Monday, January 21, 2013
Will This Movie on Fracing Light Your Fire?
Ann McElhinney and Phelim McAleer have directed a new documentary about hydraulic fracturing that gives a very different picture from that portrayed in the Acadamy Award nominated documentary, "Gasland." McElhinney is a bit of a fiery journalist, perhaps because of the attempt to muzzle the Irish pair (see below.) Telling an Irishman or Irishwoman to shut up is hazardous. Here are some things she has to say about what they found in researching "FrackNation: A Journalist's Search for the Fracking Truth:"
She is certainly right that the first hydraulic fracturing was done here in Kansas in 1947. It was in the Hugoton field in southwest Kansas. I doubt that that conventional well was in a shale formation since the field is "mostly Permian limestone and dolomite."
Video journalist Phelim McAleer questioned Josh Fox, the producer of the anti-hydraulic fracturing documentary "Gasland," about why he failed to disclose that methane has been present in Colorado water for decades and thus flammable at the tap:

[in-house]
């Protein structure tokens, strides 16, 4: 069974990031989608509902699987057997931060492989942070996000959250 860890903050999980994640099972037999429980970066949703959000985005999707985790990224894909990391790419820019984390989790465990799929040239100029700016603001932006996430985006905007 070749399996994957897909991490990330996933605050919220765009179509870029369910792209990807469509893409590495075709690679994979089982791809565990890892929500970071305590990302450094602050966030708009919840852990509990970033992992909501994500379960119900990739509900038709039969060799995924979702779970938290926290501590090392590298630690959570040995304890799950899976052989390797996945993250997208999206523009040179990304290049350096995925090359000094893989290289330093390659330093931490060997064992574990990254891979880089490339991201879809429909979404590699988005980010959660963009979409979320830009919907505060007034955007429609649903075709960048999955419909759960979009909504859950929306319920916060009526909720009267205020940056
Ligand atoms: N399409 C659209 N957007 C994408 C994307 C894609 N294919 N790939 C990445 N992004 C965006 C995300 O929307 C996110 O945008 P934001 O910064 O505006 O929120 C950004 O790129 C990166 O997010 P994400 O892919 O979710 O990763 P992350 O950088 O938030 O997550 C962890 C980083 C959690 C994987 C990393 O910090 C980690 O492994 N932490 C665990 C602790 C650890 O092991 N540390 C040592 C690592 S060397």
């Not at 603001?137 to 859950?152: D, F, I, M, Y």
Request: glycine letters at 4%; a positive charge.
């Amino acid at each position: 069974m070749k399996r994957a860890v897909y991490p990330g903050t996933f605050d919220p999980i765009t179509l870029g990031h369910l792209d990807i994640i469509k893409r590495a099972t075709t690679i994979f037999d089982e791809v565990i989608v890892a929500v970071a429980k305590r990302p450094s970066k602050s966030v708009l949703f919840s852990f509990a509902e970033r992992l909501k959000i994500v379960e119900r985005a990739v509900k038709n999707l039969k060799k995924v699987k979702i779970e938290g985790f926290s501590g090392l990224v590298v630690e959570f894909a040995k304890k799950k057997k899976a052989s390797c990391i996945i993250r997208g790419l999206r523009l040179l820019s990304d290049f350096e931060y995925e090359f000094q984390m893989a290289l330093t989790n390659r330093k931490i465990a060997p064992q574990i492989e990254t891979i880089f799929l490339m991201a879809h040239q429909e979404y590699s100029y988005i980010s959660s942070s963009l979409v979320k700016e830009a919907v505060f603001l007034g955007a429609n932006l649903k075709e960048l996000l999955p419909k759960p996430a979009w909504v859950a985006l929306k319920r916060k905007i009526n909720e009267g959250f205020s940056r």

In the New York Post, McAleer wrote last spring, "One of the most dramatic images in 'Gasland' is footage of a resident lighting his tap water with flames shooting out of the faucet.
"As a journalist, I wanted to learn more, so I went to a Q&A with Gasland director Josh Fox. As I questioned him, Fox eventually admitted that he knew people could light their tap water in these areas decades before fracking came on the scene.
"But he did not include the fact in his documentary because, he said, 'It was not relevant.'"
He then went on to tell of Fox's attempts to get the above video removed from YouTube and other internet sites.
Unlike "Gasland" and "Promised Land," Matt Damon's anti-fracing movie FrackNation is not financed by big Hollywood money. It took a much more democratic route to finance itself. Christopher Toto tells us "FrackNation, like many independent films of late, went the Kickstarter route to help bring its story to the masses."
According to the director's statement, "'FrackNation' was funded through the crowdsourcing website Kickstarter. The filmmakers raised $212,265 from 3,305 backers on Kickstarter on April 6, 2012. It was one of the most successful documentary campaigns in the history of Kickstarter."
John R. Hays, Jr., an eminent Texas attorney with an extensive practice in the oil and gas industry, tells me that the proper way to shorten "hydraulic fracturing" is "fracing" not "fracking," given industry practice. I am afraid the industry is losing the spelling war: it is not the geologists and the petroleum engineers who are winning.